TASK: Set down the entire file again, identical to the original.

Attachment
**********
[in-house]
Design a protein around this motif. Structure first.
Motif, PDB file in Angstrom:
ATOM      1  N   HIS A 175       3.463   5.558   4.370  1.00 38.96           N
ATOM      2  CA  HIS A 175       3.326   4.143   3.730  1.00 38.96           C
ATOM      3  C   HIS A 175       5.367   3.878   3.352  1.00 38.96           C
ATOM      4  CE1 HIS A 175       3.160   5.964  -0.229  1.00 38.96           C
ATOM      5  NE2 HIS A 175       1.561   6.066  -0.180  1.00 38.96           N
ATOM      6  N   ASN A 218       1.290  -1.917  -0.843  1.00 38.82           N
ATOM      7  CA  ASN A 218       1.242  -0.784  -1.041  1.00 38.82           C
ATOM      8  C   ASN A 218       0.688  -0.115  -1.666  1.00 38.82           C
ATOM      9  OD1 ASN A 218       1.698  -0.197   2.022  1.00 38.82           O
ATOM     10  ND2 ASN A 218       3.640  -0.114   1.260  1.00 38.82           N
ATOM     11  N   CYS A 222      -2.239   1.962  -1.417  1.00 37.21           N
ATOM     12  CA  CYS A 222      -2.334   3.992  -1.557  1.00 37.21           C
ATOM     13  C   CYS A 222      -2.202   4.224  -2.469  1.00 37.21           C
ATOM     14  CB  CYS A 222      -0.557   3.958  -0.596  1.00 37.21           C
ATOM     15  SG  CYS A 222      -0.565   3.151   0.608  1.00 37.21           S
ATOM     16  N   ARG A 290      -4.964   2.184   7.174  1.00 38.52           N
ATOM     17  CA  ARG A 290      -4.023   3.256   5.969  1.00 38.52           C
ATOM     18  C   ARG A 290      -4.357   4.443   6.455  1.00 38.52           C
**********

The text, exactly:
[in-house]
Design a protein around this motif. Structure first.
Motif, PDB file in Angstrom:
ATOM      1  N   HIS A 175       3.463   5.558   4.370  1.00 38.96           N
ATOM      2  CA  HIS A 175       3.326   4.143   3.730  1.00 38.96           C
ATOM      3  C   HIS A 175       5.367   3.878   3.352  1.00 38.96           C
ATOM      4  CE1 HIS A 175       3.160   5.964  -0.229  1.00 38.96           C
ATOM      5  NE2 HIS A 175       1.561   6.066  -0.180  1.00 38.96           N
ATOM      6  N   ASN A 218       1.290  -1.917  -0.843  1.00 38.82           N
ATOM      7  CA  ASN A 218       1.242  -0.784  -1.041  1.00 38.82           C
ATOM      8  C   ASN A 218       0.688  -0.115  -1.666  1.00 38.82           C
ATOM      9  OD1 ASN A 218       1.698  -0.197   2.022  1.00 38.82           O
ATOM     10  ND2 ASN A 218       3.640  -0.114   1.260  1.00 38.82           N
ATOM     11  N   CYS A 222      -2.239   1.962  -1.417  1.00 37.21           N
ATOM     12  CA  CYS A 222      -2.334   3.992  -1.557  1.00 37.21           C
ATOM     13  C   CYS A 222      -2.202   4.224  -2.469  1.00 37.21           C
ATOM     14  CB  CYS A 222      -0.557   3.958  -0.596  1.00 37.21           C
ATOM     15  SG  CYS A 222      -0.565   3.151   0.608  1.00 37.21           S
ATOM     16  N   ARG A 290      -4.964   2.184   7.174  1.00 38.52           N
ATOM     17  CA  ARG A 290      -4.023   3.256   5.969  1.00 38.52           C
ATOM     18  C   ARG A 290      -4.357   4.443   6.455  1.00 38.52           C